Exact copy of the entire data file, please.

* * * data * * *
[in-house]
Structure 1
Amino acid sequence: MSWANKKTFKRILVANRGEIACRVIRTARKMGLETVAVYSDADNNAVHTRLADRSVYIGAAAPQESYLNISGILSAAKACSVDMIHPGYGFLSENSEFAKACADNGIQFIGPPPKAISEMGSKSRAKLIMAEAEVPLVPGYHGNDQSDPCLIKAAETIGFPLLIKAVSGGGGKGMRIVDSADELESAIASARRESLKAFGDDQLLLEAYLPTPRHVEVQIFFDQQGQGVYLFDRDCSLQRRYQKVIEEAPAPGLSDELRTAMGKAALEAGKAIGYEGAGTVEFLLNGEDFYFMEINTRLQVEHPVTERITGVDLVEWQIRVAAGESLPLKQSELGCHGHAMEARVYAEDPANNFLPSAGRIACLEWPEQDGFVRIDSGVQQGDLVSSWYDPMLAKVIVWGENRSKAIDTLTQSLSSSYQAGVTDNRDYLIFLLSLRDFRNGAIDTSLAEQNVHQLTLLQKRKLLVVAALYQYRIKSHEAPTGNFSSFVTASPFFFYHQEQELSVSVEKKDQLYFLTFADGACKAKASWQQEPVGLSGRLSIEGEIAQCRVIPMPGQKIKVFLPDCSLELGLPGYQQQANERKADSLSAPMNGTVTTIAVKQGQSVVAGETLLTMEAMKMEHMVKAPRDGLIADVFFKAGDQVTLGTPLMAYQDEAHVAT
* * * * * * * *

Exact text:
[in-house]
Structure 1
Amino acid sequence: MSWANKKTFKRILVANRGEIACRVIRTARKMGLETVAVYSDADNNAVHTRLADRSVYIGAAAPQESYLNISGILSAAKACSVDMIHPGYGFLSENSEFAKACADNGIQFIGPPPKAISEMGSKSRAKLIMAEAEVPLVPGYHGNDQSDPCLIKAAETIGFPLLIKAVSGGGGKGMRIVDSADELESAIASARRESLKAFGDDQLLLEAYLPTPRHVEVQIFFDQQGQGVYLFDRDCSLQRRYQKVIEEAPAPGLSDELRTAMGKAALEAGKAIGYEGAGTVEFLLNGEDFYFMEINTRLQVEHPVTERITGVDLVEWQIRVAAGESLPLKQSELGCHGHAMEARVYAEDPANNFLPSAGRIACLEWPEQDGFVRIDSGVQQGDLVSSWYDPMLAKVIVWGENRSKAIDTLTQSLSSSYQAGVTDNRDYLIFLLSLRDFRNGAIDTSLAEQNVHQLTLLQKRKLLVVAALYQYRIKSHEAPTGNFSSFVTASPFFFYHQEQELSVSVEKKDQLYFLTFADGACKAKASWQQEPVGLSGRLSIEGEIAQCRVIPMPGQKIKVFLPDCSLELGLPGYQQQANERKADSLSAPMNGTVTTIAVKQGQSVVAGETLLTMEAMKMEHMVKAPRDGLIADVFFKAGDQVTLGTPLMAYQDEAHVAT